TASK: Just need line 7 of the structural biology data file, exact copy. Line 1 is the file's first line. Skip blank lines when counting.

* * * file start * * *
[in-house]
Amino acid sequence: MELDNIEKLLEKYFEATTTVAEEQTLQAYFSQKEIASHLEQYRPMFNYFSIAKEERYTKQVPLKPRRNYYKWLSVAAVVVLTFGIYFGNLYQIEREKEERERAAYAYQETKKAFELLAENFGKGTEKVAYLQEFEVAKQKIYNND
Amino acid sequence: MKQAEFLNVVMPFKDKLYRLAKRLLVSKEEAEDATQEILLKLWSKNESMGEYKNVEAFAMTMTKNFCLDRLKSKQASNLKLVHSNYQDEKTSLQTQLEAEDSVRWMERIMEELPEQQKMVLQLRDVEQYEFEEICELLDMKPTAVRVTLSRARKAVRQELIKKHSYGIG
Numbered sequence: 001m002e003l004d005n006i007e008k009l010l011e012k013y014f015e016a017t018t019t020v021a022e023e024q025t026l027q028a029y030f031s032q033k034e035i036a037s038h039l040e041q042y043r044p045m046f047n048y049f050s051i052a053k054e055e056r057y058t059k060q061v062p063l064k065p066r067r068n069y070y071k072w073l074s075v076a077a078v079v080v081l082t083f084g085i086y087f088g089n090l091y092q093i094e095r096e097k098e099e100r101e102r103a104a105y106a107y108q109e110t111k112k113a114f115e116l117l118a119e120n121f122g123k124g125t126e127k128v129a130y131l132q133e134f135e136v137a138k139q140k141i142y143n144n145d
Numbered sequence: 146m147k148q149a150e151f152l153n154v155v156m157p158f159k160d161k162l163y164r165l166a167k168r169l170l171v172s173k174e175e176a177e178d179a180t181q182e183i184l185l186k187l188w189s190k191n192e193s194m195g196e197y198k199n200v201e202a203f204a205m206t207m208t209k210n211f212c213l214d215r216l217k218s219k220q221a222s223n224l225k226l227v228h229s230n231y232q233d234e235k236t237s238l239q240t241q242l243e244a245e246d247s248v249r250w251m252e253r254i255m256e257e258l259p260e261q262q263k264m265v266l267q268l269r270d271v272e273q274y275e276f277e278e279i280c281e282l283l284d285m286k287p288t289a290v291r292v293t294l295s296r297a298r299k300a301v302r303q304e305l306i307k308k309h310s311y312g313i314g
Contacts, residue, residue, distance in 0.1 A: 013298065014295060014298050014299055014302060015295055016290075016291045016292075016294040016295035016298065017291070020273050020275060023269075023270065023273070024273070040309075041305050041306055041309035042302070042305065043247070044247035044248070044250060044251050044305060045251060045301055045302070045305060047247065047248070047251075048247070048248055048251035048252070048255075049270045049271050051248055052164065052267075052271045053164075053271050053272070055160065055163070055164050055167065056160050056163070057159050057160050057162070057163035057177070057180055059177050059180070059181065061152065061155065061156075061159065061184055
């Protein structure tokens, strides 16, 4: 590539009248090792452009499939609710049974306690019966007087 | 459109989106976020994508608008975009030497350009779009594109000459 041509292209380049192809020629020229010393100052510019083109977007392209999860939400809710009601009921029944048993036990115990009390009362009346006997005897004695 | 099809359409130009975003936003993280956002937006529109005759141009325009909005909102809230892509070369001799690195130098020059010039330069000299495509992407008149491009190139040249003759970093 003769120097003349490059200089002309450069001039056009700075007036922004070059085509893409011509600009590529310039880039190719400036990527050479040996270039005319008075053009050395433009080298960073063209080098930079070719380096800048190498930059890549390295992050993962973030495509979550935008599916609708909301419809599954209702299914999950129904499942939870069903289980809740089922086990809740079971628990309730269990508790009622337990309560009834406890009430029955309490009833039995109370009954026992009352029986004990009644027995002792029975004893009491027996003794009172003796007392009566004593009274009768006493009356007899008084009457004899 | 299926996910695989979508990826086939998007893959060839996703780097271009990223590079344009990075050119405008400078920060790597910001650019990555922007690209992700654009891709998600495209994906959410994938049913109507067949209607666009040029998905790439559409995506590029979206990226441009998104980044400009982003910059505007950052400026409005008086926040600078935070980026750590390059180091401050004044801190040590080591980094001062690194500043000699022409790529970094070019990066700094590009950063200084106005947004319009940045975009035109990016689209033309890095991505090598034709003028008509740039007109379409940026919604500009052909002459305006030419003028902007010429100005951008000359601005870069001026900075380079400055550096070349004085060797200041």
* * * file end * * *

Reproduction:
């Protein structure tokens, strides 16, 4: 590539009248090792452009499939609710049974306690019966007087 | 459109989106976020994508608008975009030497350009779009594109000459 041509292209380049192809020629020229010393100052510019083109977007392209999860939400809710009601009921029944048993036990115990009390009362009346006997005897004695 | 099809359409130009975003936003993280956002937006529109005759141009325009909005909102809230892509070369001799690195130098020059010039330069000299495509992407008149491009190139040249003759970093 003769120097003349490059200089002309450069001039056009700075007036922004070059085509893409011509600009590529310039880039190719400036990527050479040996270039005319008075053009050395433009080298960073063209080098930079070719380096800048190498930059890549390295992050993962973030495509979550935008599916609708909301419809599954209702299914999950129904499942939870069903289980809740089922086990809740079971628990309730269990508790009622337990309560009834406890009430029955309490009833039995109370009954026992009352029986004990009644027995002792029975004893009491027996003794009172003796007392009566004593009274009768006493009356007899008084009457004899 | 299926996910695989979508990826086939998007893959060839996703780097271009990223590079344009990075050119405008400078920060790597910001650019990555922007690209992700654009891709998600495209994906959410994938049913109507067949209607666009040029998905790439559409995506590029979206990226441009998104980044400009982003910059505007950052400026409005008086926040600078935070980026750590390059180091401050004044801190040590080591980094001062690194500043000699022409790529970094070019990066700094590009950063200084106005947004319009940045975009035109990016689209033309890095991505090598034709003028008509740039007109379409940026919604500009052909002459305006030419003028902007010429100005951008000359601005870069001026900075380079400055550096070349004085060797200041």